Vintage Expert Emily London recently gave us all her tips on shopping second hand fashion and her favourite Charity Shops and you told us you wanted to know more, so we asked Emily to give us her expert tips on second hand homeware, what to look out for and what to leave behind...
Q. You include home-ware in your Charity Shop edits, this is really interesting as buying second hand home-ware such as glass and crockery isn’t yet as fashionable or even as acceptable as buying pre-loved clothes. Tell us your tips for shopping home-ware in Charity Shops.
I love shopping for second-hand homeware. The bargains you can find are seriously deep. Here are my top tips for finding cracking, preloved bric-a-brac:
- Check the bottom. See a plate, vase or cup you like? Flip it over and see if it has a maker’s mark. Take a photo of it. Start building up a profile on the brands, styles and shapes you like. The more you do this the quicker it will be to find something special, the next time you hit the shops.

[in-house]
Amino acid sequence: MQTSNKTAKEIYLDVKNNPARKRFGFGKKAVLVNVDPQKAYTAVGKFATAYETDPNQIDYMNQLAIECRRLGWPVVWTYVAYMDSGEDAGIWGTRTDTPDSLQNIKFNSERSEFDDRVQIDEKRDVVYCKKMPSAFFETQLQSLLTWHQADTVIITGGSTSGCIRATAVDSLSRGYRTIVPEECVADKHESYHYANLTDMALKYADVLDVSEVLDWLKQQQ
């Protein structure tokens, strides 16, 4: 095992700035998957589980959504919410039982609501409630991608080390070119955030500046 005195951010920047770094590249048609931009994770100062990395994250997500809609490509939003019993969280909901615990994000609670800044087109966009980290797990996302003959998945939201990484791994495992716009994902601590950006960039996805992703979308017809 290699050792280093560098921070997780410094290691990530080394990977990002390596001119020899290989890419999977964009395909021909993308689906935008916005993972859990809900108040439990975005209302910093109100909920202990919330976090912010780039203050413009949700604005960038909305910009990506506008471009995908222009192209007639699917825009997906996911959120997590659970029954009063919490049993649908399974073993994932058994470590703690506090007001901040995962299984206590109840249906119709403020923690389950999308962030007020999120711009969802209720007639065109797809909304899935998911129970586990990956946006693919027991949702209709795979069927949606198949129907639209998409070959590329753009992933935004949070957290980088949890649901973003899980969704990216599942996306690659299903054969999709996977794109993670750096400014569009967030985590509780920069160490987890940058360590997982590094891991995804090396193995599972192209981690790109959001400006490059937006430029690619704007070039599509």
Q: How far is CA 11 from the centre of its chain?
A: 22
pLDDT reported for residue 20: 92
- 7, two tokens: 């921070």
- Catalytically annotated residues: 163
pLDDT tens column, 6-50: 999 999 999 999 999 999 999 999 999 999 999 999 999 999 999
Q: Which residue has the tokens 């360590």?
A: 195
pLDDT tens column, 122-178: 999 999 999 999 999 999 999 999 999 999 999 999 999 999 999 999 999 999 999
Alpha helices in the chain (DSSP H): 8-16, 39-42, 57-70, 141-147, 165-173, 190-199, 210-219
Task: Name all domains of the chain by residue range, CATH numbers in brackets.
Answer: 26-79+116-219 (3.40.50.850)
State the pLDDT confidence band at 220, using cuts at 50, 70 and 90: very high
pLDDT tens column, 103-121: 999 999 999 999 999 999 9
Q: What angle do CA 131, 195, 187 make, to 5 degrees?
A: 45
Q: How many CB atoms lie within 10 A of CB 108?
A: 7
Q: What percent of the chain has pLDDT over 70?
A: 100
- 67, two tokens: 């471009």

- Be led by your curiosity, not outside influence. Get comfortable choosing pieces based on what you love rather than what’s on trend. Currently, most charity shops are filled with cut crystal glasses, decanters and vases, as that style fell from popularity over a decade ago. Brands like Soho Home are trying to bring it back. Why not see if you enjoy the look by snapping up an original piece from a charity shop, at a fraction of the price of an SH tumbler? Take time to figure out what you like and what you want to use; it’s an enjoyable process once you get the hang of it.
- Don’t be afraid to go bold. Shopping for vintage bric-a-brac, is a process and one that isn’t going to be completed in a single shopping trip. Mix prints and colours together. Use Royal Doulton dinner plates from the 30s, with Waterford crystal glasses from the 80s. The decision is entirely yours! Think of it as starting a collection, which you will continue to add to as your needs change and evolve. Finding a complete dinner service isn’t the goal.
- Don’t rush the process. Take the time to check for chips, scratches and cracks in your second-hand item before you decide to buy. Plus, see if you can wash it in a dishwasher, as some vintage dinnerwares’ patterns will fade in hot washes and cut crystal glasses can explode. If you don’t have the time to handwash crockery, it’s best to leave it behind.